NASA’s Perseverance Rover Ready For ‘7 Minutes Of Terror’

NASA’s mars rover Perseverance has reached the red planet, and is ready to land on tommorrow.

NASA’s Perseverance Rover has finally reached the red planet after flying in the dark space for over six months. During the course of the flight, the rover traveled over 204.09 million km to reach the planet.

NASA is making the final preparations for a successful landing. Once the experts at NASA install all the landing guidelines onto the rover’s computers, it will start the automatic descent.

It takes 7 minutes for the rover to descend from the designated orbit onto the surface. The descent, ‘7 Minutes of Terror, as NASA engineers call it, is a sophisticated and difficult maneuvering process the robot has to go through for a successful landing.

The American space agency launched the Perseverance Rover into space last July. Over the past few months, the machine has been heading towards Mars, where it should land soon. The American space agency is preparing for the operation, which is scheduled for February 18.

NASA has confirmed that the Perseverance Rover is now ready to land on as it suffered no technical glitches so far.

The Landing Process

The six-stage landing process starts with final preparations. This includes getting rid of the cruise stage which contains solar panels, radio equipment, and fuel for the 6-month journey.

What remains after shedding the cruise stage is called Aeroshell. This contains first, the rover itself, and all the necessary descent stages.

To leave the orbit and enter into the Martian atmosphere, the vehicle fires small thrusters. This enables it to reorient itself and make sure heatshields are now facing the planet.

Entering the Atmosphere

As the vehicle enters into the atmosphere, it faces extreme drag force due to friction. Just after 8 seconds into the descent, the temperature of the outer shell reaches a staggering 1300 degrees celsius. But, thanks to the heatshields, the precious cargo (the rover) remains at a comfortable 20 degrees.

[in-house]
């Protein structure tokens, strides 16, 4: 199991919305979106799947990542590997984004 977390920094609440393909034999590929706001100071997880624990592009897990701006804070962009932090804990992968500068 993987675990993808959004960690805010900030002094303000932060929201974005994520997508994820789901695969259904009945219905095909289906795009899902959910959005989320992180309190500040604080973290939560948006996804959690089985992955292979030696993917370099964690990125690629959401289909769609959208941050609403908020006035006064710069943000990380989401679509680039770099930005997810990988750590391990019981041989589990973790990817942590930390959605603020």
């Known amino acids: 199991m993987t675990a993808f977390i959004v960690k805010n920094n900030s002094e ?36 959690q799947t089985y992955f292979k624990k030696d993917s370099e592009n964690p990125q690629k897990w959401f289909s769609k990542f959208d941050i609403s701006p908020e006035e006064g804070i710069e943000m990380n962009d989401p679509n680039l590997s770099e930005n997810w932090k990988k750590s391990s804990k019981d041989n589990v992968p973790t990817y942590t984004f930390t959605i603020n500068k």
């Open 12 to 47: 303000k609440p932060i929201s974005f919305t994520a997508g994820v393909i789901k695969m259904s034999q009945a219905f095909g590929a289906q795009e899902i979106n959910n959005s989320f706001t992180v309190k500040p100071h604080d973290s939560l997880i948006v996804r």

NASAs perseverance rover landing on the surface of the red planet
Credit: NASA/JPL-Caltech

As the spacecraft descends further, it faces small pockets of gasses (Martian air) that hit the vehicle from different sides. To remain on track and keep the trajectory intact, the vehicle keeps on firing small thrusters. This process is also called ”guided entry.

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Parachute Deployment

perseverance mars rover parachute deployment

As the descend proceeds, the drag force brings down the speed to under 1600 km/h. At this stage, the spacecraft deploys supersonic parachutes. The objective is to further slow down the speed for a safe landing.

While all other previous Mars rovers deployed their parachutes from speed measurements, Perseverance is equipped with more sophisticated technologies. By measuring its altitude, the vehicle exactly knows when to deploy the parachutes. NASA calls this additional technique ‘Range Trigger‘.

SOME INTERESTING PARAMETERS AT PARACHUTE DEPLOYMENT
Parachute diameter 21.5 m Deployment Altitude 11 km
Deployment delay 240 s after entry Deployment Velocity 1512 kmph

Zeroing in on Landing

At this stage of descent, the heatshields separate themselves from the vehicle. The rover is now, for the first time, exposed to the atmosphere.

Cameras, radar, and other instruments that guide the rover way down start locking on the land under. Radar signals bouncing back from the Martian surface keep checking the altitude. A new EDL called Terran Relative Navigation tells the vehicle what terrain is underneath.

Powered Descent

backshell separation

Martian atmosphere is far thinner than Earth’s atmosphere. The drag force and parachutes alone can’t decrease the speed to a suitable landing velocity.

At this point, the rover gets rid of the parachute and descends with thrusters. At a speed of 320 km/h and an altitude of 2100 meters, the rover breaks away from the backshell and fires its rocket thrusters.

Skycrane Deployment

perseverance landing on mars

At a speed of 2.7 km/h and an altitude of 20 meters, the descend stage lowers the rover further. Once the rover feels its wheels have touched the surface, it cuts off the ropes that have so far hanged it from the descent stage.

The descent stage fires its own engines and shoots away from the vicinity. It sacrifices itself in an uncontrolled landing somewhere on the Martian surface.

And, that’s it, our messenger from Earth is now on Mars looking for traces of past life.

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